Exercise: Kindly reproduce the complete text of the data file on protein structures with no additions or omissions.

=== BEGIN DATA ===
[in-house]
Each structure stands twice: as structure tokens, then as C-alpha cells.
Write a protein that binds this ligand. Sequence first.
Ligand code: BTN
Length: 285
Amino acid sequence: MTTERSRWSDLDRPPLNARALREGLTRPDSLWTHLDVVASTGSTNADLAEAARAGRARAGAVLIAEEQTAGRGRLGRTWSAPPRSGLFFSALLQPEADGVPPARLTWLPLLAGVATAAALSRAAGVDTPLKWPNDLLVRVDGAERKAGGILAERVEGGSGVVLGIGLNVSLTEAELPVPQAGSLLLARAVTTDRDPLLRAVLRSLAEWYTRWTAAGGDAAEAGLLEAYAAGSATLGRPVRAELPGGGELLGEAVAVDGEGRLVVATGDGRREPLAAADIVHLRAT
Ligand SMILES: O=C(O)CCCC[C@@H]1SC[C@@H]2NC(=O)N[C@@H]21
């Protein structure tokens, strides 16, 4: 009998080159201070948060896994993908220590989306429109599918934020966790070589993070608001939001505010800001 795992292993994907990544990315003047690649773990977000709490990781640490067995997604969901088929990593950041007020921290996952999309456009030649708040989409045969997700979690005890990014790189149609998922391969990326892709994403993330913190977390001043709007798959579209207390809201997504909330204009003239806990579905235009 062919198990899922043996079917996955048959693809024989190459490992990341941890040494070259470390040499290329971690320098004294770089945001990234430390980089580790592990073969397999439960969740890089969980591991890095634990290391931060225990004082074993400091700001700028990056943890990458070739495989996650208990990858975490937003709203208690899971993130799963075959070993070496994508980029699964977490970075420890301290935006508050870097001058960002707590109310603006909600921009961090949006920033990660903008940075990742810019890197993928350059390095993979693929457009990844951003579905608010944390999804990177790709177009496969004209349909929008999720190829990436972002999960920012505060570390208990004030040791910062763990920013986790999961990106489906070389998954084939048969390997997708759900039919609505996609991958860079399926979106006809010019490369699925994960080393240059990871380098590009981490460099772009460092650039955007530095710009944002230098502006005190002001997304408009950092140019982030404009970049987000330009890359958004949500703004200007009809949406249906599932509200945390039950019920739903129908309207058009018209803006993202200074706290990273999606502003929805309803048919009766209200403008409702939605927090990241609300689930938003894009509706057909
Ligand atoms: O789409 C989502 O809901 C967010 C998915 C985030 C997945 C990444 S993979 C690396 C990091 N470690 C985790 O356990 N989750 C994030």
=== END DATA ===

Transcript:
[in-house]
Each structure stands twice: as structure tokens, then as C-alpha cells.
Write a protein that binds this ligand. Sequence first.
Ligand code: BTN
Length: 285
Amino acid sequence: MTTERSRWSDLDRPPLNARALREGLTRPDSLWTHLDVVASTGSTNADLAEAARAGRARAGAVLIAEEQTAGRGRLGRTWSAPPRSGLFFSALLQPEADGVPPARLTWLPLLAGVATAAALSRAAGVDTPLKWPNDLLVRVDGAERKAGGILAERVEGGSGVVLGIGLNVSLTEAELPVPQAGSLLLARAVTTDRDPLLRAVLRSLAEWYTRWTAAGGDAAEAGLLEAYAAGSATLGRPVRAELPGGGELLGEAVAVDGEGRLVVATGDGRREPLAAADIVHLRAT
Ligand SMILES: O=C(O)CCCC[C@@H]1SC[C@@H]2NC(=O)N[C@@H]21
């Protein structure tokens, strides 16, 4: 009998080159201070948060896994993908220590989306429109599918934020966790070589993070608001939001505010800001 795992292993994907990544990315003047690649773990977000709490990781640490067995997604969901088929990593950041007020921290996952999309456009030649708040989409045969997700979690005890990014790189149609998922391969990326892709994403993330913190977390001043709007798959579209207390809201997504909330204009003239806990579905235009 062919198990899922043996079917996955048959693809024989190459490992990341941890040494070259470390040499290329971690320098004294770089945001990234430390980089580790592990073969397999439960969740890089969980591991890095634990290391931060225990004082074993400091700001700028990056943890990458070739495989996650208990990858975490937003709203208690899971993130799963075959070993070496994508980029699964977490970075420890301290935006508050870097001058960002707590109310603006909600921009961090949006920033990660903008940075990742810019890197993928350059390095993979693929457009990844951003579905608010944390999804990177790709177009496969004209349909929008999720190829990436972002999960920012505060570390208990004030040791910062763990920013986790999961990106489906070389998954084939048969390997997708759900039919609505996609991958860079399926979106006809010019490369699925994960080393240059990871380098590009981490460099772009460092650039955007530095710009944002230098502006005190002001997304408009950092140019982030404009970049987000330009890359958004949500703004200007009809949406249906599932509200945390039950019920739903129908309207058009018209803006993202200074706290990273999606502003929805309803048919009766209200403008409702939605927090990241609300689930938003894009509706057909
Ligand atoms: O789409 C989502 O809901 C967010 C998915 C985030 C997945 C990444 S993979 C690396 C990091 N470690 C985790 O356990 N989750 C994030």